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It’s winter and the vines don’t know if it is raining or not. So, why do winemakers tend to obsess about weather at times like this? We like to plan ahead, there is only so much NPR we can discuss (to sound intellectual), and weather is a much safer topic than politics.
It has been mostly dry and warm this winter. (Remember, the vines are asleep and don’t know that skiing and the snow pack are more of a concept than a reality.) Winemakers are asking; What does it mean? What is going to happen? What kind of a year is it going to be? Those are easy questions. I don’t know the answers and neither does anyone else!
Daffodils in bloom by the Gleason Barn
However, it is the first week of February, and the daffodils have been blooming for some time, the mustard is attracting tourist photo stops (Rock Cairn, across from Brix should be charging fees it is so picturesque), and some fruit trees have started blooming. Those three things, not directly related to the vines, are the indicators I use when expecting an earlier or later spring. Sure, we may get some cold storms to change the timing, but for now, we think that the plant world of Napa Valley is waking up slightly ahead of normal.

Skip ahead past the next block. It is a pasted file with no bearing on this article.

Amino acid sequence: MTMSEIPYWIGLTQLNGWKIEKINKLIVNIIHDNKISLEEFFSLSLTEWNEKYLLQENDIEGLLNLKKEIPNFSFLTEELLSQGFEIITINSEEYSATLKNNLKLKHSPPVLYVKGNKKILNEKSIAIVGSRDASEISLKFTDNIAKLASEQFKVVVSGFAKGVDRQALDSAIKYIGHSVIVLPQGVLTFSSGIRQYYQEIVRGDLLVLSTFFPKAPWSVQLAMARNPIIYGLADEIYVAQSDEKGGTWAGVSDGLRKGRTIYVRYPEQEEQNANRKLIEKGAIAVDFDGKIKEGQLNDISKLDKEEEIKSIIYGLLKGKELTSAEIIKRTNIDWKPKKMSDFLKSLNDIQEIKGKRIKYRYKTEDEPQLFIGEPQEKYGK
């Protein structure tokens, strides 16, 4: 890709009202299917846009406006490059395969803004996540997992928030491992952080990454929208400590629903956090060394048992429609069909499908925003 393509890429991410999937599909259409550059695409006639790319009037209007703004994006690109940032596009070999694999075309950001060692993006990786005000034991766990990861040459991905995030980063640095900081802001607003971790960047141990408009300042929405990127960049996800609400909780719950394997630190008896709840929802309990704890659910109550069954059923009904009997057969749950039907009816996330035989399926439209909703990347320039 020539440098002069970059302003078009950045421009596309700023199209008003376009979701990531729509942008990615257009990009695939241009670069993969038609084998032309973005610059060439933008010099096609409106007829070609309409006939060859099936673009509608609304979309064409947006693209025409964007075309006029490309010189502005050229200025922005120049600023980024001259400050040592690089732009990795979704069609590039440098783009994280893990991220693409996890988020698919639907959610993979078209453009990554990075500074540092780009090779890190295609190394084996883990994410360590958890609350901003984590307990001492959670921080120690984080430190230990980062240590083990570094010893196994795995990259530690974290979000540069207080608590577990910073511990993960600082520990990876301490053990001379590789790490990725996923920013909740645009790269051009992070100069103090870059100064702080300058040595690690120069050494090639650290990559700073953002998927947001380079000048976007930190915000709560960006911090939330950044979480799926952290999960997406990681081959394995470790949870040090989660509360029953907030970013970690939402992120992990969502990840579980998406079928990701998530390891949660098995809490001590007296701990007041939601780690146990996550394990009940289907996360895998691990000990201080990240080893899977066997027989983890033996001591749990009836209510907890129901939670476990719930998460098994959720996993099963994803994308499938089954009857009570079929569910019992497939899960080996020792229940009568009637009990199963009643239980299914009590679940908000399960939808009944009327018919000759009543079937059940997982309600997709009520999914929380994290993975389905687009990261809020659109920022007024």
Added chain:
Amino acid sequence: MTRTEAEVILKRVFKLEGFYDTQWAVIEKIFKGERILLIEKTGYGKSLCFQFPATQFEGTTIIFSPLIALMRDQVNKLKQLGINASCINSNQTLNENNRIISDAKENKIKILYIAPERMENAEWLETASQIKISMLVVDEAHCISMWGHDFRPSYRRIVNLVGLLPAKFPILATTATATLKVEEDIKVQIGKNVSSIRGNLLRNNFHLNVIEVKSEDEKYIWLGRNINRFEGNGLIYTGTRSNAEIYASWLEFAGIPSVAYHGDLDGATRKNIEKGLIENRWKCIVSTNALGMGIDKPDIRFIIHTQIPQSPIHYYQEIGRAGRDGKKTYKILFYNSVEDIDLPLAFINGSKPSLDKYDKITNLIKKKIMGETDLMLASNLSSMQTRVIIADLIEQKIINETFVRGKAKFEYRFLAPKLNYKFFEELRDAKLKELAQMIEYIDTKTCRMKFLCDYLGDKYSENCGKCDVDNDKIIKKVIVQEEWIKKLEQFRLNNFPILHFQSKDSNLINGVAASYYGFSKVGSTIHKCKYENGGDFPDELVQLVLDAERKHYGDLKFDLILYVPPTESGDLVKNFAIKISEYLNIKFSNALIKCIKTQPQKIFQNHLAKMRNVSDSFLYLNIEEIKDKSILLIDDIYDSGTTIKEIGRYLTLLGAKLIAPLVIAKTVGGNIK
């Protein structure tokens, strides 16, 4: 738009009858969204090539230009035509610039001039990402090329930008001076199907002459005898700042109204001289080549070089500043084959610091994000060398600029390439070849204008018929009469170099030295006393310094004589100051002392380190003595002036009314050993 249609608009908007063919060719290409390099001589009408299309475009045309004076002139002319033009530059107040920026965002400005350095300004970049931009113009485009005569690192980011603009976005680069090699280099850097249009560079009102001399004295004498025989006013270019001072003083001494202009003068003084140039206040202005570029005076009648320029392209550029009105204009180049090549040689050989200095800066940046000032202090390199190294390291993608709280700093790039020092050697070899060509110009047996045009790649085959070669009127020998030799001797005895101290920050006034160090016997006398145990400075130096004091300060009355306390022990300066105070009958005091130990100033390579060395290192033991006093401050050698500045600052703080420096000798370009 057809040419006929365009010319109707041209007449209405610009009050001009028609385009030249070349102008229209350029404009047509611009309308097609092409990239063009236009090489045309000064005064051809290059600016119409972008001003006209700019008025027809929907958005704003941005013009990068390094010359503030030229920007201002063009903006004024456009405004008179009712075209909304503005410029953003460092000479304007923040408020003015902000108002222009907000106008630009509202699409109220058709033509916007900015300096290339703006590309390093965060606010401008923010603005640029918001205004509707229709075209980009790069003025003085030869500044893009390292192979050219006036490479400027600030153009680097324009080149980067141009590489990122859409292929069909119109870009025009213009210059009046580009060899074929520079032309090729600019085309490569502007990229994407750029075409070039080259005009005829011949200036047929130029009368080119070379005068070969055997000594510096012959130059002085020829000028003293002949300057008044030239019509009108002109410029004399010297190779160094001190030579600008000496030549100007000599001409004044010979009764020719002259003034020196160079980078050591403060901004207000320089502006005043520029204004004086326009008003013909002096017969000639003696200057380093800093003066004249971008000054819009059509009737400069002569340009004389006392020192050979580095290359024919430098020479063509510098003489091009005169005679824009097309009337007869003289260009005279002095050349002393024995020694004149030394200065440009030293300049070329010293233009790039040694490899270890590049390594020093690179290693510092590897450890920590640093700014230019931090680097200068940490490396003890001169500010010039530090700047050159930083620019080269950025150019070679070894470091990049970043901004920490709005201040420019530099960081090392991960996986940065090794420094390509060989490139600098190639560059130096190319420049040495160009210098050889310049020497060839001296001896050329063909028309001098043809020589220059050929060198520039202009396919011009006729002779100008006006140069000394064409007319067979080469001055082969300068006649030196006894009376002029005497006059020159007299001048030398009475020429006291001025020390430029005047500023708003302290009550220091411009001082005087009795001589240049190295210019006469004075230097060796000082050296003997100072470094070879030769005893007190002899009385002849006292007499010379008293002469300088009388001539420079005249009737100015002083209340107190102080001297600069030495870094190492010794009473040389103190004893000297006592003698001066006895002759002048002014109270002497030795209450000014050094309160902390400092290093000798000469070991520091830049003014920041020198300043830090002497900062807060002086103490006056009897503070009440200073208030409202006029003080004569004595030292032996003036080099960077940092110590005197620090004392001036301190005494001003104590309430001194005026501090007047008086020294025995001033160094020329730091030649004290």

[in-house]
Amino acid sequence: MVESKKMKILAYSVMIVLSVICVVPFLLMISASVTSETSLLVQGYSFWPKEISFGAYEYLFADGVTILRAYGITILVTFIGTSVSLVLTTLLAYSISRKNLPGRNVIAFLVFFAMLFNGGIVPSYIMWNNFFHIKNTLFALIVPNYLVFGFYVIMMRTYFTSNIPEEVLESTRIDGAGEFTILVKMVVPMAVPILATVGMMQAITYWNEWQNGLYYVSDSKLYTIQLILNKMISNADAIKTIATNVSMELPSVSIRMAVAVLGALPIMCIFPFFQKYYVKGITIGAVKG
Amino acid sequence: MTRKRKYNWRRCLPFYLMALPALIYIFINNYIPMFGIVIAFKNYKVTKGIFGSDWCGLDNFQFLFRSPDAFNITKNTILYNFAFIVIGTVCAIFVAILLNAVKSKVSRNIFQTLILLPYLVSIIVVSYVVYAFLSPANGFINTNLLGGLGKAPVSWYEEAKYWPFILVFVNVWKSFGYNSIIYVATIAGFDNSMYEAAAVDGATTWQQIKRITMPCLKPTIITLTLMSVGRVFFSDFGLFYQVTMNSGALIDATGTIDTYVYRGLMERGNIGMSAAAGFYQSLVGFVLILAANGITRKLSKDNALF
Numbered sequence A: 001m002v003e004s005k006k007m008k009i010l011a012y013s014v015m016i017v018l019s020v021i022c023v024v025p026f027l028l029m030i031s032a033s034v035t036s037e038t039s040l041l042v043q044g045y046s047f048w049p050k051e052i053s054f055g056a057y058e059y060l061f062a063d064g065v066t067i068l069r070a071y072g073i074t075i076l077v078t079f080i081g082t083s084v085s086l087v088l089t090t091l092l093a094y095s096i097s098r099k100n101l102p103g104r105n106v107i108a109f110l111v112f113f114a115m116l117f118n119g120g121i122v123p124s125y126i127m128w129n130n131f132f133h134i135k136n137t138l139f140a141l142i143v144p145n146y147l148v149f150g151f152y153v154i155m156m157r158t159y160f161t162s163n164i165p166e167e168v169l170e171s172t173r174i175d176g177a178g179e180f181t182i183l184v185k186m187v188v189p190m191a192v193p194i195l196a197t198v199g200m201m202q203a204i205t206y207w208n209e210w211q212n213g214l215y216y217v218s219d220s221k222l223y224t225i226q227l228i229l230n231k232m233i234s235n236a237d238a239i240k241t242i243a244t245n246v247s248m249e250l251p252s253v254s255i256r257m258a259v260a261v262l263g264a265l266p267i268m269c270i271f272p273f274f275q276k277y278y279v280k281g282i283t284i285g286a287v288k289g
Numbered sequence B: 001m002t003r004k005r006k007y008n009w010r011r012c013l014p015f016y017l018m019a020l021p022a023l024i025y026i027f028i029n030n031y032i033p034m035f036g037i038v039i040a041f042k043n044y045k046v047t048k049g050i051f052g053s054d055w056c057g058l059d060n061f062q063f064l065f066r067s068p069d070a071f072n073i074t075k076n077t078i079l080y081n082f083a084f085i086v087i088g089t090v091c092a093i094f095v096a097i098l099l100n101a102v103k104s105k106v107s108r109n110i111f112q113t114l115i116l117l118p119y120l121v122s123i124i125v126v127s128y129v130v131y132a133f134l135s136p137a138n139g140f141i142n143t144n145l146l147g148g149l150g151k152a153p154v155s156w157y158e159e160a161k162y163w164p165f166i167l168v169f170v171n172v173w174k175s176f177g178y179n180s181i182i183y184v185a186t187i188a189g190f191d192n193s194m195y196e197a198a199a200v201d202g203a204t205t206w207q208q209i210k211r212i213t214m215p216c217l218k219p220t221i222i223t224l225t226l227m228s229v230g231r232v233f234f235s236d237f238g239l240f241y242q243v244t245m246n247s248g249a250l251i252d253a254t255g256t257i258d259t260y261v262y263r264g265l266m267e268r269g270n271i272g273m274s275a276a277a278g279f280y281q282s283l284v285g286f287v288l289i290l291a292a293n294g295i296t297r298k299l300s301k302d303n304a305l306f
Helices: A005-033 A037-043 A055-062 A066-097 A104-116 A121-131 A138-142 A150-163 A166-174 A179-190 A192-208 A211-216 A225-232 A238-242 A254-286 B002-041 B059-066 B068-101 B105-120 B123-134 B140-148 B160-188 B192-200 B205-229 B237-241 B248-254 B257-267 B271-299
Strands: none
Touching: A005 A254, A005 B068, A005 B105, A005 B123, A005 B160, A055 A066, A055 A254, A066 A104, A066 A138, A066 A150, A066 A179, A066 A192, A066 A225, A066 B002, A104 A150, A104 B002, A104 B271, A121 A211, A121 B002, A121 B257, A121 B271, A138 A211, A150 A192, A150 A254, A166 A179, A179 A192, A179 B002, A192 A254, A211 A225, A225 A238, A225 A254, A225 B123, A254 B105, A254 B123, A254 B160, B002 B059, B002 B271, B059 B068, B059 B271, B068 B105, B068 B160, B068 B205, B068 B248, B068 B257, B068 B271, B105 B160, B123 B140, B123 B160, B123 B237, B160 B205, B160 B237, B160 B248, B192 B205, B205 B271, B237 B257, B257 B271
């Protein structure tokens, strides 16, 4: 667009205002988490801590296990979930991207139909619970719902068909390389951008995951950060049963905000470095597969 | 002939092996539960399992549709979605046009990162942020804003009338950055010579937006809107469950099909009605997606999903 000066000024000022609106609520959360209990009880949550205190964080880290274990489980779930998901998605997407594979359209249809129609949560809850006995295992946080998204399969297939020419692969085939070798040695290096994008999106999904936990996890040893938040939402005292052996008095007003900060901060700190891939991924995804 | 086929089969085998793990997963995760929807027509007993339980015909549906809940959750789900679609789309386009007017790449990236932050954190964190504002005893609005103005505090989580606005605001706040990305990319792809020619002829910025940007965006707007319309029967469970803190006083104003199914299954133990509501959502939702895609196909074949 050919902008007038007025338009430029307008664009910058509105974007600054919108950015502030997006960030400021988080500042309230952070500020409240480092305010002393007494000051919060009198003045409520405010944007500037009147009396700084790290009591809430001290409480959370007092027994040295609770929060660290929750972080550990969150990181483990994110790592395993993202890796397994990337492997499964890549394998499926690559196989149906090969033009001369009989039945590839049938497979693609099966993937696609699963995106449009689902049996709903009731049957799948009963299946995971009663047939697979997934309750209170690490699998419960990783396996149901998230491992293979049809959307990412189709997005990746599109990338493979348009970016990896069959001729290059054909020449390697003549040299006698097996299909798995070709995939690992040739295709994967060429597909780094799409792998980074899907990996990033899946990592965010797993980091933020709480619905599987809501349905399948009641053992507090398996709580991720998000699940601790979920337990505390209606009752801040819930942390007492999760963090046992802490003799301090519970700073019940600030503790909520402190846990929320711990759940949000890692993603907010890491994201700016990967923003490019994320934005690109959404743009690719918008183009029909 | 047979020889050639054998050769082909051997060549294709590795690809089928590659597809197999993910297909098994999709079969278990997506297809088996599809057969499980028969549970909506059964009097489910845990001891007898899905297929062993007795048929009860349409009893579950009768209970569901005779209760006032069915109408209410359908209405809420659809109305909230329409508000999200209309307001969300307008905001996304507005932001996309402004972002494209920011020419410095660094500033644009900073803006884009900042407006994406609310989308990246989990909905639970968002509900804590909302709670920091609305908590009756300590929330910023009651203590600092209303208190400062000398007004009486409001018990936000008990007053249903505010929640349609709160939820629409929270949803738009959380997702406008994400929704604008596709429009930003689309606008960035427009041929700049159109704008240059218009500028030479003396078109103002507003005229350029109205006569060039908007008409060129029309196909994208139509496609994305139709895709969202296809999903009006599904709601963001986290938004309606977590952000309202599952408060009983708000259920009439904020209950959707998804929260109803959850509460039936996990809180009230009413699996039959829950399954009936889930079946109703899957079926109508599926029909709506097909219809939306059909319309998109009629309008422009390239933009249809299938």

An explosion of mustard in Rock Cairn Vineyard along Highway 29
Which brings me to Valentine’s Day. If you are a guy, pay attention: If you have already taken care of getting some Dolce for the occasion, get her flowers. Don’t forget. REALLY, DON’T FORGET. Maybe you remember the flower ad during the super bowl . . . Then again, maybe your brain stopped functioning and you didn’t notice what they were marketing. (I think some other ad had something to do with FIAT. . . )
But back to wine growing. I wouldn’t book your tickets for a harvest visit yet, but I am hoping that we will be picking in early September instead of waiting until October.